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Matthew DeFrese

Matthew Defrese PDP19
Predoctoral Fellowship in Pharmaceutics, 2019 University of Kentucky

Investigations of Nanoscale Structural Organization Within the Disordered World of Amorphous Spray Dried Dispersions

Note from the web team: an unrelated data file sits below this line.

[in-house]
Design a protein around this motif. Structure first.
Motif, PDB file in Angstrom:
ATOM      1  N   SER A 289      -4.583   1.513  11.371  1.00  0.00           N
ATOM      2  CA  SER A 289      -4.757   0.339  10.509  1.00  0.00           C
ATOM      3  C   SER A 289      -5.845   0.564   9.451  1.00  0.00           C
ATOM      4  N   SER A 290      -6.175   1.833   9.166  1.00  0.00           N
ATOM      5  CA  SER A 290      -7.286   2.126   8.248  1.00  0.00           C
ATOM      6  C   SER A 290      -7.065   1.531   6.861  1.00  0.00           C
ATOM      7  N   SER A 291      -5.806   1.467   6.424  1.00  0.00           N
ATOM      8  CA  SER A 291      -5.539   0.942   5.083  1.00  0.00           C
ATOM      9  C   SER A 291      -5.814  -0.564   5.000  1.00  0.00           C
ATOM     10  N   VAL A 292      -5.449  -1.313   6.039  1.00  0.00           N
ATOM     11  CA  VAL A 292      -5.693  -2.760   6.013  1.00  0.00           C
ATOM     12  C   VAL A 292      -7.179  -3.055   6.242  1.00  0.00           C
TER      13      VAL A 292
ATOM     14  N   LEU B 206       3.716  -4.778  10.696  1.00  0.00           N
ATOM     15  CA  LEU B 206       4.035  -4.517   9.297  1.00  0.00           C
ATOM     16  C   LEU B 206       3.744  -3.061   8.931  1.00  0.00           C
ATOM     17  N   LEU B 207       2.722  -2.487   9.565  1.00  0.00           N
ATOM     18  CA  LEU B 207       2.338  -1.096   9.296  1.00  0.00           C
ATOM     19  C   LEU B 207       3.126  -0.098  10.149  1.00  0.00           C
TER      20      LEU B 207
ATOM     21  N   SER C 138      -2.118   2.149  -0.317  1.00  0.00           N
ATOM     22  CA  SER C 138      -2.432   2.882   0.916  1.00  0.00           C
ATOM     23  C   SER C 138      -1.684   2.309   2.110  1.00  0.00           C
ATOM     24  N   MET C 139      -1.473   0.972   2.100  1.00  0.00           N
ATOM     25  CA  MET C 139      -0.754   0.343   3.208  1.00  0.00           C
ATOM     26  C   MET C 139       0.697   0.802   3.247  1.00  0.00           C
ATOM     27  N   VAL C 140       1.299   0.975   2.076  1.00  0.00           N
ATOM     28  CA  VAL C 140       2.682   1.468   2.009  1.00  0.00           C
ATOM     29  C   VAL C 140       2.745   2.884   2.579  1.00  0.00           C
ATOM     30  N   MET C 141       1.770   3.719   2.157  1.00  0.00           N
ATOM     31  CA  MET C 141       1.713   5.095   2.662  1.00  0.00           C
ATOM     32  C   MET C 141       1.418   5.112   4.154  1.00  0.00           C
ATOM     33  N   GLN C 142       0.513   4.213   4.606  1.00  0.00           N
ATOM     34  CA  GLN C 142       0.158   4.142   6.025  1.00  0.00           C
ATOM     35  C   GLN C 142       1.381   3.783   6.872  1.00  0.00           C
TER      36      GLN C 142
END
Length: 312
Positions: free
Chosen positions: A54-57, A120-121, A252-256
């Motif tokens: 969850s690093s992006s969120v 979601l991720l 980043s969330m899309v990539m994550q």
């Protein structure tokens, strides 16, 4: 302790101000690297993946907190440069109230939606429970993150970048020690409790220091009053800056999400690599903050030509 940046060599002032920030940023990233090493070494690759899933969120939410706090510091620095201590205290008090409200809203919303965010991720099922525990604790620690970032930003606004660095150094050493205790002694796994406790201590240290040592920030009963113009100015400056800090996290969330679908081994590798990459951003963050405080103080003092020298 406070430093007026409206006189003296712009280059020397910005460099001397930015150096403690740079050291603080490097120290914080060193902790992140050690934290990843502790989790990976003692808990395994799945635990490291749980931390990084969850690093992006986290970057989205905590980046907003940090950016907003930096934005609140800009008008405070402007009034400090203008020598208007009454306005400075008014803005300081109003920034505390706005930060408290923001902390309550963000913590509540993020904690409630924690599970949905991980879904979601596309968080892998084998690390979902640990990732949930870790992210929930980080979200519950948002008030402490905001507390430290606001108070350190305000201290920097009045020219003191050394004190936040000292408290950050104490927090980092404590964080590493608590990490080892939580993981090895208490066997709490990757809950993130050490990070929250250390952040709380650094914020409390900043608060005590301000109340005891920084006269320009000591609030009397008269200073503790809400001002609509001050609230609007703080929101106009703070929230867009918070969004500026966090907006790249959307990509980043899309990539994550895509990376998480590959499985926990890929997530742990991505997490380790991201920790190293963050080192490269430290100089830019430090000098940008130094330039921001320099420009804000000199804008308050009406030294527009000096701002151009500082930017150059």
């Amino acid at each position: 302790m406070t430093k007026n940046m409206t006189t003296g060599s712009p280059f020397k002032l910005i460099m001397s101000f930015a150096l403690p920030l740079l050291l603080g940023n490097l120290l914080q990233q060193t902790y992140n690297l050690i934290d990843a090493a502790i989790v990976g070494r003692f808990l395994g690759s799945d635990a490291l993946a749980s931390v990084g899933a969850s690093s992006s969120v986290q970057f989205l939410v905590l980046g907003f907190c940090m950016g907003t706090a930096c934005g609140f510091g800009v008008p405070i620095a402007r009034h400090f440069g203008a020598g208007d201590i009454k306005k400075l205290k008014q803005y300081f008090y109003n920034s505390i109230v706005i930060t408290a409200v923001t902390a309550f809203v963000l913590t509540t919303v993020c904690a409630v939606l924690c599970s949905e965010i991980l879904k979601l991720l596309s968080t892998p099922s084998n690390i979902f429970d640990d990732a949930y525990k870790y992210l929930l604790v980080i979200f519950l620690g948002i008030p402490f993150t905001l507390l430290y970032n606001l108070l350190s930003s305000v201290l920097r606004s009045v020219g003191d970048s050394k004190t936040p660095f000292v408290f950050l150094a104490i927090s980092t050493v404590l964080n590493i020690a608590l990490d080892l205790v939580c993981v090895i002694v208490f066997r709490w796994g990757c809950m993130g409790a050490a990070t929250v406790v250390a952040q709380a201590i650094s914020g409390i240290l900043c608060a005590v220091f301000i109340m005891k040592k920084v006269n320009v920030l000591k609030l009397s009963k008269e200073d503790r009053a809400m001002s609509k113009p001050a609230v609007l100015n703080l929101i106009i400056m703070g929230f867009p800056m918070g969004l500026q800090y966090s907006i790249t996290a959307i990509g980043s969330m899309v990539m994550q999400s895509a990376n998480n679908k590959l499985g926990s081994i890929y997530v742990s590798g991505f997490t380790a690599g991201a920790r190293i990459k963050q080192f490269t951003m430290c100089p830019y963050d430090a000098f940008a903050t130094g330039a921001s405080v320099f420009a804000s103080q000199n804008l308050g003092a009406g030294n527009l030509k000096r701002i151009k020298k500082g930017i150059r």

Enabling formulations for the enhancement of solubility have become increasingly necessary in modern drug development, as an estimated 90% of new chemical entities are found to be poorly water-soluble. Amorphous solid dispersions (ASDs) have become a proven and powerful strategy to address the insufficient bioavailability of such compounds by greatly enhancing the dissolution rate through disruption of the crystal lattice and delivering the drug in a high energy disordered state, which is generally stabilized by a polymer additive. The success of this approach is evidenced by the striking growth of FDA approvals of such products since the turn of the century. Yet, despite their growing prevalence, many open questions remain with respect to the effects of formulation and processing factors on critical attributes – such as the stability and dissolution 62 of ASDs. For example, spray drying is one of the leading methods of manufacture for these formulations – yet the role of solvent-polymer-drug interactions and their effects on product performance and quality are poorly understood. This project seeks to understand how the role of solvent interactions in spray dried dispersions (SDDs) may dictate product performance by controlling the nanoscale structural organization of these materials in the solution state, which can then be frozen into the solid dispersion due to the rapid drying and solvent removal of the spray drying process. Through the use of advanced characterization techniques, it is expected that a fundamental understanding of drug-polymer interactions on product performance can be developed to aid in the design of robust and reliable medicines of the future.